Rebels keep pressure on Assad
Protests in Syria gain momentum as rebels call for President Bashar al-Assad to quit.
AMMAN - Syrian rebels kept up pressure on President Bashar al-Assad following the assassination of three top lieutenants, fighting loyalist troops within sight of the presidential palace and near government headquarters, residents said on Thursday.
An official source said the president, who has made no statement or public appearance since Wednesday's stunning bomb attack on a crisis meeting of defence and security chiefs, was still commanding operations from his Damascus office.
But opposition sources and a Western diplomat said the embattled leader was now in the coastal city of Latakia.
"Our information is that (Assad) is at his palace in Latakia and that he may have been there for days," said a senior opposition figure, who declined to be named. The palace, which Assad has used before to conduct official business, is located in hills near the city, Syria's main Mediterranean port.
Latakia province is home to several towns inhabited by members of Assad's minority Alawite sect.
The diplomat, who is following events in Syria, told Reuters: "Everyone is looking now at how well Assad can maintain the command structure. The killings yesterday were a huge blow, but not fatal."
Residents said there was no let-up in the heaviest fighting - now in its fifth day - to hit the Syrian capital in a 16-month revolt against Assad, whose family has dominated the pivotal Arab country for 42 years.
The battles encroached within sight of the presidential palace, near the security headquarters where Wednesday's emergency meeting was held, with videos showing clouds of smoke rising over the skyline.
The U.N. Security Council put off a scheduled vote on a Syria resolution until Thursday and U.S. President Barack Obama telephoned President Vladimir Putin of Russia, Assad's main ally, to try to persuade Moscow to drop support for him.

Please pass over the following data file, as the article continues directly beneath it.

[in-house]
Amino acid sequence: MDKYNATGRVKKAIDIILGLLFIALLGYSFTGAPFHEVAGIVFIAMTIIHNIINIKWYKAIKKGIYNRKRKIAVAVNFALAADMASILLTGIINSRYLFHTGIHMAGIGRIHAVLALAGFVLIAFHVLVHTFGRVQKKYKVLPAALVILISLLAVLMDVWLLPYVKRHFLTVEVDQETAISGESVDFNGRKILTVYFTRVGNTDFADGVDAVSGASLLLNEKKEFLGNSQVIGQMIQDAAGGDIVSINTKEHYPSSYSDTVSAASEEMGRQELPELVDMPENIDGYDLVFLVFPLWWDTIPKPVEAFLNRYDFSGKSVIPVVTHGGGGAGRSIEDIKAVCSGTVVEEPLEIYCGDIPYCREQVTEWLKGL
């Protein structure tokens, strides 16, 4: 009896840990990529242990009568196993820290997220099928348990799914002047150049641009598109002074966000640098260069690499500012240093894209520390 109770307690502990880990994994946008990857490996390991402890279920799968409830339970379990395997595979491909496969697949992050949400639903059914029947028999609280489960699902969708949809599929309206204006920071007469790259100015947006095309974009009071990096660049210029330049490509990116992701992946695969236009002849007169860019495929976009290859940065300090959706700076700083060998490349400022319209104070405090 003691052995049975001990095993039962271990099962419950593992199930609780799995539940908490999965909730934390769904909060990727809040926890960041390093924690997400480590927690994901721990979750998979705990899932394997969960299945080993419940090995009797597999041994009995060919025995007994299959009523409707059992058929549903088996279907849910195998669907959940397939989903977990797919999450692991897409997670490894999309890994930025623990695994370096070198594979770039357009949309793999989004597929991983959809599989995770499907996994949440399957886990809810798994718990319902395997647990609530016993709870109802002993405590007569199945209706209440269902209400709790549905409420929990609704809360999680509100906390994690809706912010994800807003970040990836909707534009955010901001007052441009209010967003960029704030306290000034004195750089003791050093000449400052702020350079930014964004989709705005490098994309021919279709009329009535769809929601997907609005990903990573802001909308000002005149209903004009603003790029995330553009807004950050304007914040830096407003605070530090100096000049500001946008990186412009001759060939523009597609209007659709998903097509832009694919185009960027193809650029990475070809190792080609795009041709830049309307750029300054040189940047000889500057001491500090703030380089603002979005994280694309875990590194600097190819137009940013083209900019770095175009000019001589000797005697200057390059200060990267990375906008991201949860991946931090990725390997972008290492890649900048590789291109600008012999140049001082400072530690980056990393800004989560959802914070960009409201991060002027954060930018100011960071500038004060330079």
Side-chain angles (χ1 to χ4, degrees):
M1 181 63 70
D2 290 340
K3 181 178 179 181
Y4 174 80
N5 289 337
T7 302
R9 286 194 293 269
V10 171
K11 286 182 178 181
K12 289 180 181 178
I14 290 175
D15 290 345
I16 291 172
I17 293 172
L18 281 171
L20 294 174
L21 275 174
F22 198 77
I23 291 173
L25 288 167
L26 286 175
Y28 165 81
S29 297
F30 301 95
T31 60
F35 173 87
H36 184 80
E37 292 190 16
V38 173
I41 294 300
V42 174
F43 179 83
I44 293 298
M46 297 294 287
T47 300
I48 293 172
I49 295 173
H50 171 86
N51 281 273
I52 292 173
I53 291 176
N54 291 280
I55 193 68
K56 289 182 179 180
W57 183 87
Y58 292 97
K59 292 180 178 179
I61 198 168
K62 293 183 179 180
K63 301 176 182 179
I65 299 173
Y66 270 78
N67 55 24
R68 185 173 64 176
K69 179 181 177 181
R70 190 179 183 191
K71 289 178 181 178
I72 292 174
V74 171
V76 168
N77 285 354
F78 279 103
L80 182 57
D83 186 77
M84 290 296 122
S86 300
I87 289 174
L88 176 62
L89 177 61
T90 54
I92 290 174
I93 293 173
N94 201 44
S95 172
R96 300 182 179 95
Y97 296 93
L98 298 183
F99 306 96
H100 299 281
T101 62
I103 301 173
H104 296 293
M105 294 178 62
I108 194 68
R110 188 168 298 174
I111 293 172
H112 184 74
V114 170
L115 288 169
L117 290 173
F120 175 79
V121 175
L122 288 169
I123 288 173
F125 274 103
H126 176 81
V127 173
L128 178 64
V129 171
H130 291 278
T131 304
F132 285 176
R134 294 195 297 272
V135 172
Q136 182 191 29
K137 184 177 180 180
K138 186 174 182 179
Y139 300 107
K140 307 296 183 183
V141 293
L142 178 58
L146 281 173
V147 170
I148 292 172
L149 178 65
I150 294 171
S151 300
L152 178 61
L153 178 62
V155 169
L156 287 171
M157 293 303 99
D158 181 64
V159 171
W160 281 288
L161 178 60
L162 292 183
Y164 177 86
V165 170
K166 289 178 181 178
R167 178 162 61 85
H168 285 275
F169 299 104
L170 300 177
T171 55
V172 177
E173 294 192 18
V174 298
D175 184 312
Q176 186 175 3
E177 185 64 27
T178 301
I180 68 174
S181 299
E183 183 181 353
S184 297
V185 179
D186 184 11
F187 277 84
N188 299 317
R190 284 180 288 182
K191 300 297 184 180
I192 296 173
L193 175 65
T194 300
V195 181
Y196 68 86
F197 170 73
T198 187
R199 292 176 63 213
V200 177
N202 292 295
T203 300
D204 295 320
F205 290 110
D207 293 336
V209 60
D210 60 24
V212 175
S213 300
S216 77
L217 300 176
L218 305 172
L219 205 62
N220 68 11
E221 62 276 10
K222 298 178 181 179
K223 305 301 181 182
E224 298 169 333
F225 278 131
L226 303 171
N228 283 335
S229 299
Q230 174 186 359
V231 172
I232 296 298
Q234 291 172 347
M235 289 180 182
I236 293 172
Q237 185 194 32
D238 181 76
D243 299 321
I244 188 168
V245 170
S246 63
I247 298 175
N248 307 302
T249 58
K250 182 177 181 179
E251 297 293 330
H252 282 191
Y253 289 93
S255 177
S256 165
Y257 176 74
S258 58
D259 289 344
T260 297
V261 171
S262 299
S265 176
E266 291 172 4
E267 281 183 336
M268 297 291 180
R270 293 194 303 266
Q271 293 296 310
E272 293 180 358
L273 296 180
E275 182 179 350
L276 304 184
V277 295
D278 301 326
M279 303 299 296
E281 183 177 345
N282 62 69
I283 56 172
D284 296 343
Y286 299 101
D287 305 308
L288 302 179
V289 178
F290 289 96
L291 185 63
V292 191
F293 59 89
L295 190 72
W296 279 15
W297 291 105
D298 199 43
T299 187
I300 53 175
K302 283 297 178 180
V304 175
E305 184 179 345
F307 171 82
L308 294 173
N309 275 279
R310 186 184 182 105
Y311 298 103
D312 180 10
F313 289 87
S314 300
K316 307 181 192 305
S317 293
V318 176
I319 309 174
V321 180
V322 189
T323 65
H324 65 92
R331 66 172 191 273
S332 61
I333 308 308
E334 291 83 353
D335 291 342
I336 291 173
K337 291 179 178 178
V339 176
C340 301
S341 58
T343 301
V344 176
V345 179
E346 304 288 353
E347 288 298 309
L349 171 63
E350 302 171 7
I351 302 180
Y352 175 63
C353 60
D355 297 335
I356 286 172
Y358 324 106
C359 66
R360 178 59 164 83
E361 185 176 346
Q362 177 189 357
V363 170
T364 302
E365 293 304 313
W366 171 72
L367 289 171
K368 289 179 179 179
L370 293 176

The bombing that killed Assad's brother-in-law, defence minister and a top general triggered fierce army retaliation with artillery unleashed on rebels massed in several districts and armed mostly with small arms and rocket-propelled grenades.
FIGHTING NEAR PRESIDENTIAL PALACE
A video from overnight in the neighbourhood of Sayed Zainab shows a makeshift clinic in a house, with blankets and medical supplies strewn all over the floor and a man shouting directions on a megaphone as men carry in mutilated bodies on sheets.
Some of the bodies were blackened, perhaps from a blast or a fire. Others were blown apart apparently by high explosive.
Residents in the Midan and Kafr Souseh districts reported constant blasts and heavy gunfire as helicopter gunships buzzed overhead.
"The shelling did not stop all night. Shelling could be heard in all the city. It was loud. There were also sounds of clashes. Not many people are venturing out. I can't even find a taxi, so I'm waiting for somebody to pick us up," a resident in Damascus said, speaking by telephone.
"Everyone in the neighbourhood is arming themselves. Some with machineguns, some with shotguns. Some even just with knives. And whoever doesn't have anything just tries to stay awake and stay alert as much as they can," said another resident, speaking by phone from the Midan area.
"I can't even tell you what is going on outside because I've shuttered the windows and locked the doors. I just hear every now and then the gunfire, it's like it's in the room."
Many Damascenes were reported fleeing pockets of fighting.
"We've had a lot of people come in from last evening, from other neighbourhoods like refugees, and people gather around them to hear what they've seen. My neighbour tries to see if they have relatives here or see if there is someone that can host them for a while," said a woman contacted by telephone.
Checkpoints around Midan and the ancient walled Old City of Damascus had been removed, residents said. It was unclear if security forces had changed tactics to stop rebels targeting soldiers, or if it was a temporary move in the heat of battle.